- Eleven companies gave more than 5 percent of their profits.
- The biggest cash contributor was Wal-Mart, in Benton, Ark., which gave $288.1-million. (The discount-store chain stepped up its commitment to charity even more in May, when it announced a $2-billion, five-year pledge to fight hunger.) AT&T, in Dallas, followed with $240-million, and Bank of America, in Charlotte, N.C., donated $209.1-million.
- The top donors of cash and products were Pfizer, in New York, ($2.3-billion); Oracle, in Redwood Shores, Calif., ($2.1-billion); and Merck, in Whitehouse Station, N.J., ($923.2-million).
Companies that gave significantly more in 2009 than in the previous year generally did so because they acquired another business and took on responsibility for its philanthropy. For example, Wells Fargo, which took over Wachovia when the bank was close to collapse in the fall of 2008, is now giving roughly what the two banks gave separately before the merger. Similarly, PNC Financial Services, which acquired National City Corporation at the same time, plans to give more than twice as much this year as it did in 2008. Both companies say they have kept people in charge of their philanthropy programs more or less the same, although PNC is shifting its focus to education.
Yet Jane Kendall, president of the North Carolina Center for Nonprofits, an umbrella group in Raleigh, says that the spate of corporate mergers and acquisitions has been tough on charities.
Some nonprofit leaders are reluctant to invest time in getting to know a new corporate- foundation official because they worry that person will not be in their job in a few months. Companies that have asked charities to prepare detailed progress reports sometimes don’t follow up when the business changes hands, she says.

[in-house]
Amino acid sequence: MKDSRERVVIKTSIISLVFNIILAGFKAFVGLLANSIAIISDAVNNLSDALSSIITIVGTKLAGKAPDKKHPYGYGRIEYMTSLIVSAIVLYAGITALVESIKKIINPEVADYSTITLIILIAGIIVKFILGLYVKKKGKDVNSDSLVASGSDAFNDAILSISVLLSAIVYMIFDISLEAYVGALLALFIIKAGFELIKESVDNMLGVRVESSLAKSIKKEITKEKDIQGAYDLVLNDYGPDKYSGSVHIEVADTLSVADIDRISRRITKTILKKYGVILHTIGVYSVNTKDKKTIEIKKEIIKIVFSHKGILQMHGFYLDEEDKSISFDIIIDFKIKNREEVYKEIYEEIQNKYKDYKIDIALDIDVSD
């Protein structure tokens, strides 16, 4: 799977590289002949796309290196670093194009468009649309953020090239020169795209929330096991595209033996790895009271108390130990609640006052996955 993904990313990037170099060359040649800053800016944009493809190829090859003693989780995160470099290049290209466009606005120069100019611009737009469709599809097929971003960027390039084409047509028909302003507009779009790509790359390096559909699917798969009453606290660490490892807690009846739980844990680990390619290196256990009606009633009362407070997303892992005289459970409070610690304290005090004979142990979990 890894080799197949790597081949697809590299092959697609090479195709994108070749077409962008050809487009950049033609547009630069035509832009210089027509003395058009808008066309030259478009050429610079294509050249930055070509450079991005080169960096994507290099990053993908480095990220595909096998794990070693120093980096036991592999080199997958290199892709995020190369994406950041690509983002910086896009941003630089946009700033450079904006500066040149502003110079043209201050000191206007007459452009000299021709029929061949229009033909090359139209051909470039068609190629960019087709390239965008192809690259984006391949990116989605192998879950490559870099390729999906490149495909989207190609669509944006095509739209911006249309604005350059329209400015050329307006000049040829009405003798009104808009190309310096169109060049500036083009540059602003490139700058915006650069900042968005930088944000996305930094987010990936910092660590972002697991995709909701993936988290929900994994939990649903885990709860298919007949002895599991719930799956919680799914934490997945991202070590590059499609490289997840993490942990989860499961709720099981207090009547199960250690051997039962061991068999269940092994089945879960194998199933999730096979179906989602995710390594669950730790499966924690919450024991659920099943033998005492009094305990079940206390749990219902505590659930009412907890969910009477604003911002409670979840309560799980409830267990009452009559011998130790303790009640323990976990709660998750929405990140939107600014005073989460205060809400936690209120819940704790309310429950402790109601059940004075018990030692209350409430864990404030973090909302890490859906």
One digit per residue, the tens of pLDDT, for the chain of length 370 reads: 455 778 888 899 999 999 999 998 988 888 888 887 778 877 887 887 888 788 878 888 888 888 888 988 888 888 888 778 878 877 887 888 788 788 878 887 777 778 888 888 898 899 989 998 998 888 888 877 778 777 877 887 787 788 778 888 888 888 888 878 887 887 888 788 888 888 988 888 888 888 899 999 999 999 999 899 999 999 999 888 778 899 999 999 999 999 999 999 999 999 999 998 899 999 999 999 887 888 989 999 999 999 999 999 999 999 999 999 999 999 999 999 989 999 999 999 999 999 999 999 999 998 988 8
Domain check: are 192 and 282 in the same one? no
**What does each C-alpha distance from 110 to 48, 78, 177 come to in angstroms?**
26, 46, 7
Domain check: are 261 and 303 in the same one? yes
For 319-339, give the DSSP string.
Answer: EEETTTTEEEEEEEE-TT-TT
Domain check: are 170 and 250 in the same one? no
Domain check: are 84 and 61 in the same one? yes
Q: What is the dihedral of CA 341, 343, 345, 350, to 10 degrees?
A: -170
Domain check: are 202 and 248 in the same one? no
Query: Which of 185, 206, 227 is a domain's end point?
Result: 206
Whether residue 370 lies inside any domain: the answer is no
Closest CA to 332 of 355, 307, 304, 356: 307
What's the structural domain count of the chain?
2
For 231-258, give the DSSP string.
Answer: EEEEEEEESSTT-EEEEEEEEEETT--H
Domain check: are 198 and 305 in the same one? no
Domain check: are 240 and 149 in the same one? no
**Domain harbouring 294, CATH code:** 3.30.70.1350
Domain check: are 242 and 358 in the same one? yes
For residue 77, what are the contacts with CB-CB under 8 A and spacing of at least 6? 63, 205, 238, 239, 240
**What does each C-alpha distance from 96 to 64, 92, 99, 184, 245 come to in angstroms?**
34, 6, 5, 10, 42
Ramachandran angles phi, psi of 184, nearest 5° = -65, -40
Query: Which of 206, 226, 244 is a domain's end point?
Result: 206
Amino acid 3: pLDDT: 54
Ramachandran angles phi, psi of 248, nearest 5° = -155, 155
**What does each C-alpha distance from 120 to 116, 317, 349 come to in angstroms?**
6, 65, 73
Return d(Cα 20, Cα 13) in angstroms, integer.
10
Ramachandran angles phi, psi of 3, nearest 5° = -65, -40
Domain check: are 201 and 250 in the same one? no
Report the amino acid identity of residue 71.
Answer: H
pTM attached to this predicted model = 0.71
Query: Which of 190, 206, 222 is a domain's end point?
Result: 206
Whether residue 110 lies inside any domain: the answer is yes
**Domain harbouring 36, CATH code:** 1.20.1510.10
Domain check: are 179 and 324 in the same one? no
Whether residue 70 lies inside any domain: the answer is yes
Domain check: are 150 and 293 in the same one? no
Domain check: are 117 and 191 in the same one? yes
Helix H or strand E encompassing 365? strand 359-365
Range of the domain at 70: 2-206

Stories to Tell
At the same time, more businesses are trying to share stories about their giving, perhaps a wise public-relations move at a time when Americans’public faith in big business is so low. When Southwest Airlines decided last year to pare the number of causes it supports, the company did so both to make a bigger difference and so it would have a moreto have a more compelling story to tell about its charity.
“We’ve had a long tradition of being involved in the community, but it wasn’t well understood because we didn’t talk about it,” says Debra Benton, director of community relations of the airlines, in Dallas.
The company, which had been giving money to a wide range of causes, is now supporting five types of charities that its employees and customers identified as important: groups that focus on children, disasters, the environment, health, and members of the military and their families.
Last year, Southwest bundled reports about its environmental practices and its corporate social responsibility into its annual financial report. The budget airline is also using its blog, Nuts About Southwest, to talk not just about new markets or customer-service practices, but also about how it is helping people and nonprofit groups.
In a recent post called “The Moments That Change Our Lives ... 'Why, Hello Mr. President,’” the head of a Colorado youth charity supported by Southwest wrote about visiting Washington for a White House event with young people who get college scholarships from his organization. For one young man, Adrian Chavez, a college sophomore, it was his first trip on an airplane.
Emma L. Carew and Alex Richards contributed to this article.